Editing on PhoneByte is simple, fast, and totally non-destructive. The very unique editor was designed around the need for speed and simplicity. Unique "START MARK" and "END MARK" features are actually editing on the fly. With a little practice, your air talent can tell PhoneByte to start playback not from the beginning, but from some other "START MARK". This "START MARK" can be entered and/or changed at any time during playback or recording. With a little practice, talent can simply say to themselves "I don't think I'll want these first few seconds of the call" press the button, and the next playback will magically begin from this new point. The application of this is multifold, but here's one example of its application. Imagine a phone call which you believe is going extremely slow and perhaps boring. At the slightest gap in conversation simply pushing the "START MARK" button means the playback will skip those earlier boring moments. However, later if you find that the caller was actually being quite clever, although, a little dry, and those earlier moments where setting you up for a cute joke, your edit was non-destructive and can be deleted with a simple keystroke. The "END MARK" works in a similar fashion. For example, if the caller says something, tells a joke with an interesting punch line you may strike the "END MARK" button and the call will automatically end there upon playback. However, you are still recording and if you discover that they hit you with yet another funny zinger, simply pushing the button again will move it to this new location and you are still recording. The point is, you can often tell the rhythm and the attitude of the call and predict how things are going to go. Nine times out of ten you will be right, that was the proper place to end and the ease of the "START MARK" and "END MARK" features mean that there was little or no further editing required. Still, if for any reason you decide that you want to air the whole bit unedited these marks can be removed.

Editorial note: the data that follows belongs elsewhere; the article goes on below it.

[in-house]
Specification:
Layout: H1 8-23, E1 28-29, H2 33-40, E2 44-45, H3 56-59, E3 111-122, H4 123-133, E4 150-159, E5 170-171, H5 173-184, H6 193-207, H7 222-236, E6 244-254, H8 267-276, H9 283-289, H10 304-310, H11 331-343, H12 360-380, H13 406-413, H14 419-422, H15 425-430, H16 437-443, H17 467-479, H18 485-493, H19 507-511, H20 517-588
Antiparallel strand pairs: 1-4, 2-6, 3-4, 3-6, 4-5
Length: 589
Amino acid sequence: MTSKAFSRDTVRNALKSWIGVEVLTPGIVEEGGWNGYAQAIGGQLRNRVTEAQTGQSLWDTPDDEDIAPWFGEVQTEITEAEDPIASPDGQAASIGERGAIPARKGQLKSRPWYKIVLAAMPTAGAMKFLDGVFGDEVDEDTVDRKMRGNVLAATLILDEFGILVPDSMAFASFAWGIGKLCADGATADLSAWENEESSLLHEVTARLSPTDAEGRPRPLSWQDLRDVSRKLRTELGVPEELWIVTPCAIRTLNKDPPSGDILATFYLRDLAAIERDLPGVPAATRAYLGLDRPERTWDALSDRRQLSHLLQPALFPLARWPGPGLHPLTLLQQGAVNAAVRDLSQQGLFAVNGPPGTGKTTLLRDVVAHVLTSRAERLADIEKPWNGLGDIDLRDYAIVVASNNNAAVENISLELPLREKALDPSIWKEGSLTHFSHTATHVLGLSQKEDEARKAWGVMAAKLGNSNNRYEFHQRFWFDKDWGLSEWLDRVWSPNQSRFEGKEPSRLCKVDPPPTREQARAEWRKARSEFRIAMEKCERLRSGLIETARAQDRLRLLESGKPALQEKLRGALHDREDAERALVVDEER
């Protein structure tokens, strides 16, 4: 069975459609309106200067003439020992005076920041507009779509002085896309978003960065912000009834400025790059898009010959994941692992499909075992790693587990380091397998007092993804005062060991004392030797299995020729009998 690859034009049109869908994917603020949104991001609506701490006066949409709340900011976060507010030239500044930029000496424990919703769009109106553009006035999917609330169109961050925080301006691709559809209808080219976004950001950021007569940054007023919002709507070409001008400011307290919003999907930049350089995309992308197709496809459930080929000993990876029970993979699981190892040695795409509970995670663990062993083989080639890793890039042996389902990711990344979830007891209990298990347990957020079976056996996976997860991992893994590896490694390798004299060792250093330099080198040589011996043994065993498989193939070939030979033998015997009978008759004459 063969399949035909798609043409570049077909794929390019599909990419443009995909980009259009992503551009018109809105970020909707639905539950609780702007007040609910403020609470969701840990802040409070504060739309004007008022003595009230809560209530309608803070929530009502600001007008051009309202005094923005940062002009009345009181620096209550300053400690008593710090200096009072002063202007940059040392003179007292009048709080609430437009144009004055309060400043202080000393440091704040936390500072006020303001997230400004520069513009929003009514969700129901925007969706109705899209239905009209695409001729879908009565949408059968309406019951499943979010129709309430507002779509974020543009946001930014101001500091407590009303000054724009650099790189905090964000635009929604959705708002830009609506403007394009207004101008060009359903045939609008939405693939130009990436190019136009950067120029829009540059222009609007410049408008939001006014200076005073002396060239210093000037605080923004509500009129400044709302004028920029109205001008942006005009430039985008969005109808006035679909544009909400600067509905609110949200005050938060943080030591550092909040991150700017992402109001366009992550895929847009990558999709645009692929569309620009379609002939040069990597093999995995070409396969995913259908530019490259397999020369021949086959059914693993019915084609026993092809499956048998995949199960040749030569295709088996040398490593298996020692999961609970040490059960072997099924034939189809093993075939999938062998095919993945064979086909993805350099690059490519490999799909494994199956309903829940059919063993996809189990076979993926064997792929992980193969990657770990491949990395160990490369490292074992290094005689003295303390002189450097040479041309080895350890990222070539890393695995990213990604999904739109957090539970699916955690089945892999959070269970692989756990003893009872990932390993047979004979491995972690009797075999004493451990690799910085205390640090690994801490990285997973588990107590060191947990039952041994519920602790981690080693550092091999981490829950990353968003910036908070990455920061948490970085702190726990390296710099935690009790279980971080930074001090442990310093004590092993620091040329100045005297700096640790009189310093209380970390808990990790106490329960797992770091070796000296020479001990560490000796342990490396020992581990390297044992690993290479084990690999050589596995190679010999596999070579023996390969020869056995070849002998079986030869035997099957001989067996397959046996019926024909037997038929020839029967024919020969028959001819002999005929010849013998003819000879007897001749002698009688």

PhoneBytes non-destructive editing continues with "CUT" and "SPLICE" features. In our terminology "CUT" can be visualized as the beginning of what you want to remove from the recording. The "SPLICE" is the end of this removed section. "CUTS" and "SPLICES" are also logically entered with simple keystrokes while you listen to the recording. They may be later find tuned or removed entirely.

"START MARK", "END MARK", "CUT", and "SPLICE" are the edit modes of PhoneByte. Once any of these edits are entered they may be quickly and simply auditioned and/or repositioned by either using the mouse or PhoneBytes unique number pad control system.

The number pad control system is quite fast and easy to operate. After selecting the edit point that you wish to fine tune simply pushing buttons on the number pad moves that selected point, either forward or backward in time by exact sized steps. The buttons on the left edge of the number pad (7,4,1) are backward movement keys. The buttons on the right hand side (9,6,3) are forward movement keys. Those keys on the top row (7 & 9) make the edit mark move one second. The second row (4 & 6) will adjust one tenth of a second. While seldom used in phone bits, the third row (1 & 3) offers one one hundredth of a second increments. Each time one of these keys is pressed the selected edit is moved either backward or forward in time with each keystroke. This is a little easier to visualize if you look at a standard 101 keyboard and observe the arrangement of the number pad on the right. If it is still unclear PhoneBytes on screen images make it all easy to comprehend.

On the middle column of keys on the number pad (8,5,2,) allow you to listen to the current location of whatever edit mark you are fine tuning. These center keys make no change in the location of the edit marks, but simply give you an easy way to listen to edits.

The edit screen displays at its top a linear bar display called the edit bar. This single display represents your entire recording without need to scroll. Your edit marks ("START MARK", "END MARK", "CUTS" and "SPLICES") are represented on the edit bar with colored markers. Any sections of the recording "removed" through editing are illustrated by shading that portion of the edit bar. By simply glancing at the edit bar you quickly get an image of the editing accomplished.